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1 Response to Be aggressive

  1. Archana Ahlawat says:

    Interesting. I have enjoyed many of your previous analyses surrounding language and the connotation around certain words, however I am not sure I quite agree with this one. Maybe we are not thinking about what the word ‘aggressive’ means in the same way. I think a curt GroupMe message can definitely be aggressive – which I think implies forceful and not so kind. I would separate out tone and content when talking about ‘aggressive.’ A curt message can have an aggressive tone, a rude or attacking tone.

    On two of your points:

    1. I see where you’re coming from and agree to a certain extent. However, ‘aggressive’ isn’t a word that has some sort of nefarious history (if it does, please let me know though :o), so I don’t think you can blanket statement the issue and say it automatically shuts down conversation. ‘Aggressive’ seems to me to have become more of a “funny” or filler term used to make light of a situation, but doesn’t necessarily make light of or dismiss the content. Also, tone is a huge part of content, and how you represent yourself and how you communicate is part of your message.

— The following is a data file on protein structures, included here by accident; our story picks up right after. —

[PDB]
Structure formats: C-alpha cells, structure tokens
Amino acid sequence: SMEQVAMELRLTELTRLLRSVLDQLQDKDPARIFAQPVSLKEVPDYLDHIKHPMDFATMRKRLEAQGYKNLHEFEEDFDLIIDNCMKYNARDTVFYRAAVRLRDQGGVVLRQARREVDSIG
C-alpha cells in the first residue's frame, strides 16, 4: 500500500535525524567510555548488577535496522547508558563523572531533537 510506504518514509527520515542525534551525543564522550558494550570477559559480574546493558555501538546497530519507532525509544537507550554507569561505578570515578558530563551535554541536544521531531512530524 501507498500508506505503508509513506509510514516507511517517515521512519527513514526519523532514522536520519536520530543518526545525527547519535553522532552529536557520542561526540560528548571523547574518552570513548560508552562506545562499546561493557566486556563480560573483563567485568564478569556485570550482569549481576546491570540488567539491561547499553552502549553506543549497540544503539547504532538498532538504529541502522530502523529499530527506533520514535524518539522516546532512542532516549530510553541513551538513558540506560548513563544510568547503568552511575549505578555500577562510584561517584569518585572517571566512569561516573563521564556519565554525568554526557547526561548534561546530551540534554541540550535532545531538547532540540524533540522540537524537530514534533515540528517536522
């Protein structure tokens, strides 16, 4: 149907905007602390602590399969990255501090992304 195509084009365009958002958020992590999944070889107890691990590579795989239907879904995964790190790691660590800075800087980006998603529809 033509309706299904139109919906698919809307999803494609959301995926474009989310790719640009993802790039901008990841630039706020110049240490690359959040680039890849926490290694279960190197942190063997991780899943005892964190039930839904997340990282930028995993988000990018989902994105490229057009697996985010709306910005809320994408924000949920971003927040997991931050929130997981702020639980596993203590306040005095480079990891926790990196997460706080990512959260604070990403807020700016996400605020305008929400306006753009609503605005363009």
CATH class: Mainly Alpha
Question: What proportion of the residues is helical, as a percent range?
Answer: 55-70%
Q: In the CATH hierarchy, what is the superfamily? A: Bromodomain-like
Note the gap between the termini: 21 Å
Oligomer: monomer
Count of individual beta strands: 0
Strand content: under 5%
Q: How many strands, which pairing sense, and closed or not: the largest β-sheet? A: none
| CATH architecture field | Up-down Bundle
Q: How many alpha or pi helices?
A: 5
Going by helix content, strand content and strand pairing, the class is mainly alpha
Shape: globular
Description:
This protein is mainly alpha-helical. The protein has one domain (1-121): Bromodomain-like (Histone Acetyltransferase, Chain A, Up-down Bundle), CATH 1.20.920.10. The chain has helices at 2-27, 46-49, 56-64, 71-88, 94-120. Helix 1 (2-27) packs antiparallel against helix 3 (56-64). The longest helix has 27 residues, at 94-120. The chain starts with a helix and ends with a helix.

2. Do you think that if people say a superior or someone is acting or saying something that was ‘aggressive’ that they are not taking them seriously? They can be, but I’m not sure that you are giving people enough credit for actually thinking about criticism and acknowledging it, but also being justifiably frustrated by the tone in which it may be communicated. Yes, tone is about perception, but even allowing for giving people the benefit of the doubt, if it is a consistent thing, then I think it’s a legitimate issue, rather than just an issue of people brushing criticism off because they don’t want to confront their own mistakes or fallibilities.